The Spinozist

writing by Paul Mendrik

Levinas An Introduction

February 28, 2020

'We are all responsible for everyone else - but I am more responsible than all the others.' This remark, spoken by Alyosha Karamazov in The Brothers Karamazov, is one  is fond of quoting. It is a neat indication of the nature of a thought that, in the words of Jacques Derrida, 'can make us tremble'.1 Its challenge is an excessive one: a mode of being and saying where I am endlessly obligated to the Other, a multiplicity in being which refuses totalisation and takes form instead as fraternity and discourse, an ethical relation which forever precedes and exceeds the egoism and tyranny of ontology.

It is not surprising that the remark is taken from Dostoyevsky. Emma­nuel Levinas was born in Lithuania in 1906 of Jewish parents. His earliest memories include the news of the death of Tolstoy, and the tricentennial celebrations of the house of Romanov. The First World War, which up­ rooted the family, and the 1917 revolution, merge in his memories with his father's bookshop in Kovno. A particular confluence of the old and the new was therefore much in evidence. Judaism had been developed to a high spiritual point in Lithuania, and in the eighteenth century had produced arguably the last Talmudist of genius, the Gaon of Vilna.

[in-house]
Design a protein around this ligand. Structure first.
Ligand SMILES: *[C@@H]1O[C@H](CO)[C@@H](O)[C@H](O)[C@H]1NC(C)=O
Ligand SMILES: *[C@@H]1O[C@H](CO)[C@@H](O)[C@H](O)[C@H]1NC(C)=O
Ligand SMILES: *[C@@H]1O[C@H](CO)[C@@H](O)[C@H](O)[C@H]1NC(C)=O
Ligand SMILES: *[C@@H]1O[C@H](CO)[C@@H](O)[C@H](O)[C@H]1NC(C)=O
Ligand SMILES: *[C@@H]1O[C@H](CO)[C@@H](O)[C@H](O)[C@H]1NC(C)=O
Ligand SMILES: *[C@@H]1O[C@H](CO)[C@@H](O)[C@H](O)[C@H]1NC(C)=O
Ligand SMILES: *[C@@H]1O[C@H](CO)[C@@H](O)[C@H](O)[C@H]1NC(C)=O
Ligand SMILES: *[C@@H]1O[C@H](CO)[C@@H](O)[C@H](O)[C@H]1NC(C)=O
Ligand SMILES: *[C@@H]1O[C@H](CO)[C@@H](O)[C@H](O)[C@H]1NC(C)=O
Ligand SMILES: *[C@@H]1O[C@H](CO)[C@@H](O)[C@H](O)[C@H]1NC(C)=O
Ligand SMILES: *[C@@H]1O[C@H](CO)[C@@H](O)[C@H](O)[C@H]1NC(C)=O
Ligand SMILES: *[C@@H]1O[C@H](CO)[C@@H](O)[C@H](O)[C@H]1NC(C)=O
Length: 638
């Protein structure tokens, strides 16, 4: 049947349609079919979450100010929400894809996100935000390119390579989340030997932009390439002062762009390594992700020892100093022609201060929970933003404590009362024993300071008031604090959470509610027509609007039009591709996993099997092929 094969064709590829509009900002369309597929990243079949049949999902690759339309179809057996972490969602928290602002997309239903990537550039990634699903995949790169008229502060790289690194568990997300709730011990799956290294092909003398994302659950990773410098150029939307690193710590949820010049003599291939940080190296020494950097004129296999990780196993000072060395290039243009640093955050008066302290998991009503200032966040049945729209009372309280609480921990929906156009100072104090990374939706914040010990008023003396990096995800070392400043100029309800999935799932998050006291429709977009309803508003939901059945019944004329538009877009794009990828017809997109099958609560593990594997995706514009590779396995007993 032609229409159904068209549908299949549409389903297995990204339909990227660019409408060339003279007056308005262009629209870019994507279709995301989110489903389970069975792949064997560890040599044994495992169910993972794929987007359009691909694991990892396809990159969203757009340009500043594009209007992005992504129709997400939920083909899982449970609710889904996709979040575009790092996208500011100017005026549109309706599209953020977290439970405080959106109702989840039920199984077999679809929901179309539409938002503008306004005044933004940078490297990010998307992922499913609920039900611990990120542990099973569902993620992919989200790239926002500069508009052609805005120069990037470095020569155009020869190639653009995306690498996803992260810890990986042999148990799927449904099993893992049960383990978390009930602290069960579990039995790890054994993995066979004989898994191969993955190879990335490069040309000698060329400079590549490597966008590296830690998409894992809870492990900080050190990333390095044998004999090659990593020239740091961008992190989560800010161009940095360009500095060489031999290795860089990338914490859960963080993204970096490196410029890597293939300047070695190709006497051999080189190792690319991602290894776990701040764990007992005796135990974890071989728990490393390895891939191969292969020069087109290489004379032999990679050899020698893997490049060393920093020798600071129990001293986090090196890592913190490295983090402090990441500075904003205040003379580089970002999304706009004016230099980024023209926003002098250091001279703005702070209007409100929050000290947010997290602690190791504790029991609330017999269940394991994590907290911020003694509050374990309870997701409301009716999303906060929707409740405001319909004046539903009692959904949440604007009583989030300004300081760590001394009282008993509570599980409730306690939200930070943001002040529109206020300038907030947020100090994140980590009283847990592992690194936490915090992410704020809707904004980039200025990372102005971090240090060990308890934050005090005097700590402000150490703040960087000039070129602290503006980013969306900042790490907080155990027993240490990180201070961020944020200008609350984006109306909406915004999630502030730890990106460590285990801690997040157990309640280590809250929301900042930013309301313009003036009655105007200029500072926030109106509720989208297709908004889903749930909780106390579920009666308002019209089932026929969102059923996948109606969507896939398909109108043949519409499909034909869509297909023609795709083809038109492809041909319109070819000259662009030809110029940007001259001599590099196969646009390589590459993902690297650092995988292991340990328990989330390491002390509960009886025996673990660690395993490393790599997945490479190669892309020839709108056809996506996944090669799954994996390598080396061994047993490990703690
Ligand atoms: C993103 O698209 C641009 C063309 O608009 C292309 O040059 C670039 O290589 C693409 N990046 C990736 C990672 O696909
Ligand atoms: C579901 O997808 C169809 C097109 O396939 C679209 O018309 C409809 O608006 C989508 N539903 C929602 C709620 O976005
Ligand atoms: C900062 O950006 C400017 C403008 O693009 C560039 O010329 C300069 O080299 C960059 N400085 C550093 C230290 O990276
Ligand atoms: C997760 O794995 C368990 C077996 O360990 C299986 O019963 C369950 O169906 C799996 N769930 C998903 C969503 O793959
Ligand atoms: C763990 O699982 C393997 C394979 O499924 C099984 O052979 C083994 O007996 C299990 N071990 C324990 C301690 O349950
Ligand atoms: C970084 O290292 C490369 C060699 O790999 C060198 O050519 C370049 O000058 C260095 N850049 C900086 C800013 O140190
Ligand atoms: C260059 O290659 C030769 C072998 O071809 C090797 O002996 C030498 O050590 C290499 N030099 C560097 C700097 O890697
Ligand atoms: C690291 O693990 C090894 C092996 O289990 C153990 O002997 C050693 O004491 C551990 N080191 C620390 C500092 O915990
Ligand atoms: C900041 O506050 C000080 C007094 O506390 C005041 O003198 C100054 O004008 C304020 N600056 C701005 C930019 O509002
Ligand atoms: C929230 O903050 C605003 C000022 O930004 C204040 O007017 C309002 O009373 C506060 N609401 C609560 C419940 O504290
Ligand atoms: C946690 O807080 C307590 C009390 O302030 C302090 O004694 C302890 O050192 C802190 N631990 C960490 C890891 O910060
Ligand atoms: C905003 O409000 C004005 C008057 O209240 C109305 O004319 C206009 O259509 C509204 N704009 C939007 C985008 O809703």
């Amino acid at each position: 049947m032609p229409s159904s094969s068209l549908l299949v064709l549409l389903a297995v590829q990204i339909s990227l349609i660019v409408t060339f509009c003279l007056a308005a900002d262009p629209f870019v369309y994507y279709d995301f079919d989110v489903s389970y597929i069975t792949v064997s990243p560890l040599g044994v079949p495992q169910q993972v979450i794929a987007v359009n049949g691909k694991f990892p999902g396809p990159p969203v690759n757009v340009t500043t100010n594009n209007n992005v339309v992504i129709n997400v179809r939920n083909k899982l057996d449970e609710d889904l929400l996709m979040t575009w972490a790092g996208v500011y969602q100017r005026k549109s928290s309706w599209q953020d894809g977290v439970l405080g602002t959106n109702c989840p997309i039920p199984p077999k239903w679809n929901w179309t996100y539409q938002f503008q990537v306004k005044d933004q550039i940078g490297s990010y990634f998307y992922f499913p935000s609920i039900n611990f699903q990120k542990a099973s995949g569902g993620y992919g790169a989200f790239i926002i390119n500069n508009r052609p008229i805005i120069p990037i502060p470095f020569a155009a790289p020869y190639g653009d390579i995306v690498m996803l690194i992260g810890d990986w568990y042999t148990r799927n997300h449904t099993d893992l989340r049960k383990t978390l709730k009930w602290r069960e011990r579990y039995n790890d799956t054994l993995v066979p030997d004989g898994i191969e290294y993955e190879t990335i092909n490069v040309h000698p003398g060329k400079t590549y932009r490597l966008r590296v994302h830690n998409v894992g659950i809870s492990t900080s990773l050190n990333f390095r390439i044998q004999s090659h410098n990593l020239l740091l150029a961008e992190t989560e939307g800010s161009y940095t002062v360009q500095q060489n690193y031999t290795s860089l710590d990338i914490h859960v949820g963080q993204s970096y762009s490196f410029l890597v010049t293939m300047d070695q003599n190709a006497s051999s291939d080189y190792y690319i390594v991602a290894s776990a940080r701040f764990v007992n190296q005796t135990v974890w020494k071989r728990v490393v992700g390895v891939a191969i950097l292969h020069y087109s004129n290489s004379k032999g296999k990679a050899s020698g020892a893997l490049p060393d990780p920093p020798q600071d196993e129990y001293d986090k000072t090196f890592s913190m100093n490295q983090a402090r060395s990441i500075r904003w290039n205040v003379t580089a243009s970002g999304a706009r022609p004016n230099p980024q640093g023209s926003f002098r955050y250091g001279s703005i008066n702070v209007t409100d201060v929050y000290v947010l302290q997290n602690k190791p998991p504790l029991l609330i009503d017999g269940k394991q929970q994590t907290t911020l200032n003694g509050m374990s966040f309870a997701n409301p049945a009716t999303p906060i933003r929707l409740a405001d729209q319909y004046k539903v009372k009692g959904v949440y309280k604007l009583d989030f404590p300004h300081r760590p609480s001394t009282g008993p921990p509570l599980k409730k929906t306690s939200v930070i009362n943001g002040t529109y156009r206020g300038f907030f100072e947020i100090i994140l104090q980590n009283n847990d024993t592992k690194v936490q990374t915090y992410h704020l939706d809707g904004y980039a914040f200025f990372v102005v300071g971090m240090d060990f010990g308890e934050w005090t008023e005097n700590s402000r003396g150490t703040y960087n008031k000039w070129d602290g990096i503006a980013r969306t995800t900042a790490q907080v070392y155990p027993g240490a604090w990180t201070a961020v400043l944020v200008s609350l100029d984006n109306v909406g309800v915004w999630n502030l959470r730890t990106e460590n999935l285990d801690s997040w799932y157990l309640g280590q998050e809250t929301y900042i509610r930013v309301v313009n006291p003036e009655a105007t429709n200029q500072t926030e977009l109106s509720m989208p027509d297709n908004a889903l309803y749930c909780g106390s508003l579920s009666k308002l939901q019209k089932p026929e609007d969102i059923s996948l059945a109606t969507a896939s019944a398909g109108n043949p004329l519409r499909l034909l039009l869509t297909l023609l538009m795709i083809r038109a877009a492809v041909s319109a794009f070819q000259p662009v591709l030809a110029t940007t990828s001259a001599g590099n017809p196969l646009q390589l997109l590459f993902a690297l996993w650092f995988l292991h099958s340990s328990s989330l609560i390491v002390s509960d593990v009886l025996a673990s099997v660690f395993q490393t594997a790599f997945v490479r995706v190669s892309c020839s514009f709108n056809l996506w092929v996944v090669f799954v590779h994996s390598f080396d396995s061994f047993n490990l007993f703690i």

At the same time, Levinas’s parents belonged to a generation that saw their futur in the Russian language and culture. Levinas's earliest reading therefore involved not only the Hebrew Bible, but the great Russians: Pushkin, Gogol, Dos­toyevsky and Tolstoy. It was the preoccupations of these Russian writers that led Levinas in 1923 to Strasbourg (the closest French city to Lithuania) in order to study philosophy under such teachers as Charles Blondel and Maurice Pradines. At this time the writings of Bergson were making a strong impact among the students, and Levinas has always insisted on the importance of Bergson's theory of duration. He quickly made friends with Maurice Blanchot, who introduced him to the work of Proust and Valery. In 1928-9, Levinas then attended a series of lectures given in Freiburg by Husserl on phenomenological psychology and .the constitution of intersubjectivity. It was at this time that he began to write his dissertation on Husserl's theory of intuition. He also discovered Heidegger's Being and Time, and attended the famous 1929 encounter between Heidegger and Cassirer at Davos, which for Levinas marked 'the end of a certain human­ism'. In the thirties, he took French nationality, married and worked in the administrative section of the Alliance Israelite Universelle. At the outbreak of war, Levinas was mobilised as an interpreter of Russian and German. He was quickly made a prisoner of war, reading Hegel, Proust and Rousseau in between periods of forced labour. Levinas's book, Existence and Existents, with its description of anonymous existence, and the states of insomnia, sleep, horror, vertigo, appetite, fatigue and indolence, was begun in captiv­ity. After the war he returned to Paris to become the director of the Ecole Normale Israélite Orientale and at the College philosophique, founded by Jean Wahl, he gave a series of papers which were to become Time and the Other. Since 1957 he has contributed to the annual Talmud Colloquium of French Jewish intellectuals. His 1961 doctoral thesis earned him an appointment at the University of Poitiers. This was followed by a move to Paris-Nanterre in 1967 and to the Sorbonne in 1973.